Designer Crush: Melissa and Seth Hanley of BlitzAuthor:Michelle Konstantinovsky
1. Tell us the origin story of Blitz.
We founded Blitz on optimism and resilience the morning after the two of us were laid off from the same firm during the height of the economic meltdown—a time when many design firms were experiencing profound hardships or closing their doors altogether. We’d gone to a café to recoup and develop a plan of action, and thus Blitz was born. We decided to name our new venture “Blitz,” as an allusion to the dynamism, spirit, and energy of our work processes.
Our first major contract was a workplace interior design project for Skype. It was a crash course in managing client expectations for a growing and soon-to-be global startup. We dove in headfirst to churn out the finished project quickly and efficiently. Since those early years, our firm has grown from two employees to 22. We opened our second studio in Los Angeles this summer, adding to our existing San Francisco office, and have plans to double in size over the next three years.
In retrospect, we are grateful for having experienced the devastation of being laid off. It was after having overcome this obstacle that we were able to harness our energy to transform a major setback into an opportunity to work with some of the world’s most innovative companies, such as Google, Yahoo!, Microsoft, and Levi’s, among many others.
2. How did you each get your start in design/architecture?
MH: My father is a contractor and fine woodworker, so my interest in experimentation and creative design developed when I was young child. Growing up in such a creative environment gave me the sense of exploration and freedom to test ideas without restraint. It’s been at the core of my approach since I was a kid, and it informs my process to this day. My design epiphany came at a young age in a moment of reflection and contemplation while sitting in front of a Mark Rothko painting at the Museum of Modern Art (MoMA). I was called to design in that instant, and I haven’t looked back since.
SH: My interest in architecture began as a child growing up in London, where I initially developed a strong appreciation for the built environment. Aside from being surrounded by incredible architecture and design influences, I was always building things. I had an affinity for Legos as a kid and had my first drawing board when I was 12. After spending my early career working for internationally recognized firms in London and the US, I held positions at boutique offices specializing in affordable housing. My background in healthcare, medical planning, higher education, hospitality, and civic buildings has benefited in growing a diverse portfolio of both domestic and international projects for Blitz.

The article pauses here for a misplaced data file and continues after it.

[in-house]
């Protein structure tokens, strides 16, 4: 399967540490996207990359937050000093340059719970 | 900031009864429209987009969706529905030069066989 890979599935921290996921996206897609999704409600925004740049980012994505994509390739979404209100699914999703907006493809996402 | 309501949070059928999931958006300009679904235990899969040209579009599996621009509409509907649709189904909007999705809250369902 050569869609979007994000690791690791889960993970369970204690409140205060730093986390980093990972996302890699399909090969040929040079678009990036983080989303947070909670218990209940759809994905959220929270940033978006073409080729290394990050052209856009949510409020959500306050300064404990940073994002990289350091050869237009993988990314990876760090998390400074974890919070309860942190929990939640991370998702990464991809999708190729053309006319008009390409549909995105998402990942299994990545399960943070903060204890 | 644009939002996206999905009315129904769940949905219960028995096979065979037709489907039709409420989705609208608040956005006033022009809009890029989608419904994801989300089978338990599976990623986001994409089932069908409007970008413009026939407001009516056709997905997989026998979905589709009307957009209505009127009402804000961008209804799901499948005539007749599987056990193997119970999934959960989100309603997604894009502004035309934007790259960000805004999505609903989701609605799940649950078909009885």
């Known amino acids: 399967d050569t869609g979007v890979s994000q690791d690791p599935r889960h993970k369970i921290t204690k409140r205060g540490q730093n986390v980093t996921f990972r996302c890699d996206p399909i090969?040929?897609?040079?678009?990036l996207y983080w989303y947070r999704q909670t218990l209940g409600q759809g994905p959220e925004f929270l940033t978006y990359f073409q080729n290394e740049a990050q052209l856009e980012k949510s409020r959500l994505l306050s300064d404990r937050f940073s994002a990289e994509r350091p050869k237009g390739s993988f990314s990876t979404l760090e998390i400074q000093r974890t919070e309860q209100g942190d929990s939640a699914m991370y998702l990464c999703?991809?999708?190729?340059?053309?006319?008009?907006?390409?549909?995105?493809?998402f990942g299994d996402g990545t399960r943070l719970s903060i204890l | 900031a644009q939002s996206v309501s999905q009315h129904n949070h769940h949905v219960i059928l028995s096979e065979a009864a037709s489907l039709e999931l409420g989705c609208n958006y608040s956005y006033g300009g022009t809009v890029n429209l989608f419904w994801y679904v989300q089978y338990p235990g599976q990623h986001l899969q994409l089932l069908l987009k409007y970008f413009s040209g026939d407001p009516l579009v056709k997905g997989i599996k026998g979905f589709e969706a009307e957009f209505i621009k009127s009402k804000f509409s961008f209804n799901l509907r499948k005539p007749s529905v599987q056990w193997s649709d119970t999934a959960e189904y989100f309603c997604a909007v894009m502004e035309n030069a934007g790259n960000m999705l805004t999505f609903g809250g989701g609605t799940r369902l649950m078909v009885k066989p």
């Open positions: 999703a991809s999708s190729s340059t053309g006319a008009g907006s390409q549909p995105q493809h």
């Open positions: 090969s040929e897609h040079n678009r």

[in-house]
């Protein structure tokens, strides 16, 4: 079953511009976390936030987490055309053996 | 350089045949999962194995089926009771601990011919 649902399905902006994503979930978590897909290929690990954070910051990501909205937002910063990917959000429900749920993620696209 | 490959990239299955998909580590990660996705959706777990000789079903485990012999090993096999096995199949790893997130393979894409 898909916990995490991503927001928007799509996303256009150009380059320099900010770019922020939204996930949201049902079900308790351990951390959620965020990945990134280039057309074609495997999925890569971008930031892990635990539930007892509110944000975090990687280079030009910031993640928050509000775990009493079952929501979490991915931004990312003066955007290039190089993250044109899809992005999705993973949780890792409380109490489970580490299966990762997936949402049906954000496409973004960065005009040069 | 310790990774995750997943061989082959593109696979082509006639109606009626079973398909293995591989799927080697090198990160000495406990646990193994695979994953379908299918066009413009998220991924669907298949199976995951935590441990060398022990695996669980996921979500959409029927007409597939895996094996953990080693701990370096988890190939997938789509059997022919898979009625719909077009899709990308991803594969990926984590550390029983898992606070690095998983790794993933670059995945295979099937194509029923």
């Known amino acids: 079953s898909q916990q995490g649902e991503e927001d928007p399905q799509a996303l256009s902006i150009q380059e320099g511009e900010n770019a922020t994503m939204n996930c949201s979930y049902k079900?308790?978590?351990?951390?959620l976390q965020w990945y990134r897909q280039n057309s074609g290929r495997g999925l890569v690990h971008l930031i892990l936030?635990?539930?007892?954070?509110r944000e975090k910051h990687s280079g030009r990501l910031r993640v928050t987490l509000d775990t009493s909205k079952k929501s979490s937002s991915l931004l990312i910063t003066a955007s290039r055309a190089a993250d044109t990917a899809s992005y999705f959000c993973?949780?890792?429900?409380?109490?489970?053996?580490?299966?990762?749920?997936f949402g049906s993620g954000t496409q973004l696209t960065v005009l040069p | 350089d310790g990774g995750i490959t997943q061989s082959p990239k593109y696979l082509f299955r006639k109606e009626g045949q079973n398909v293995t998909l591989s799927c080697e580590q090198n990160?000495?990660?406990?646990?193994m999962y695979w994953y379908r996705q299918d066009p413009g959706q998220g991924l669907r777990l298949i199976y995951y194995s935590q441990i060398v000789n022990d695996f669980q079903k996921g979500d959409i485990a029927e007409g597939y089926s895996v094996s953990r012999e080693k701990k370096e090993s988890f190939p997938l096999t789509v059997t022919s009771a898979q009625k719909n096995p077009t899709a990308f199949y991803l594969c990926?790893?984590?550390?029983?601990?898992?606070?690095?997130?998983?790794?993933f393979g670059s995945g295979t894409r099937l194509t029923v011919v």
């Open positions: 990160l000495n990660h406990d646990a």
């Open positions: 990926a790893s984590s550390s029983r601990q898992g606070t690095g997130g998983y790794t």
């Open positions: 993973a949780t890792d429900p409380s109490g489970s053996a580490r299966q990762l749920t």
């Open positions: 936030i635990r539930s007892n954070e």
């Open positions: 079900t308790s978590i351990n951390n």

3. You’ve worked with some of the world’s biggest tech giants—what are some unique challenges in creating spaces for these clients?
SH: It’s a gift and a pleasure to work with such smart and dynamic organizations. They create technologies that have transformed the world, and they expect us to challenge them with new design ideas and innovative approaches about how to work. The bar on creativity, and the expectations around quality, are set very high—a designer’s dream. Tech companies expect us to think nimbly on our feet. We like to learn quickly, and the emphasis on experimentation is refreshing. Design excellence is favored over perfection. We learned early on that our role is to help an organization be successful and that often means providing future-proof designs as organizations grow and pivot. We mirror our tech clients, by being flexible to changing gears mid-stream in order to support a new goal, and see moving project parameters as another opportunity to be creative.
MH: It’s important to address meaning and value in our work, while designing in a climate that prizes innovation and speed. It must be more than just placing employees in workspaces to be truly valuable. In our practice we are looking to move the needle on progress, creativity, culture, and invention. This forces us to engage our clients in a conversation about why a project will be meaningful. This is usually a new type of conversation for our clients and a new metric to judge their own work, which can be a rewarding challenge.
4. Who have been your biggest professional influences?
SH: There’s a celebration of structure and connection that I find very honest in the work of British high-tech architects like Richard Rogers, Norman Foster, Michael Hopkins, and Nicholas Grimshaw. Our work process begins with an exploration of the building, and then reveals the interesting parts and pieces of the structure, systems, and materials. These elements become an honest expression of how the building is connected, and in many projects, we integrate them into our client’s final design.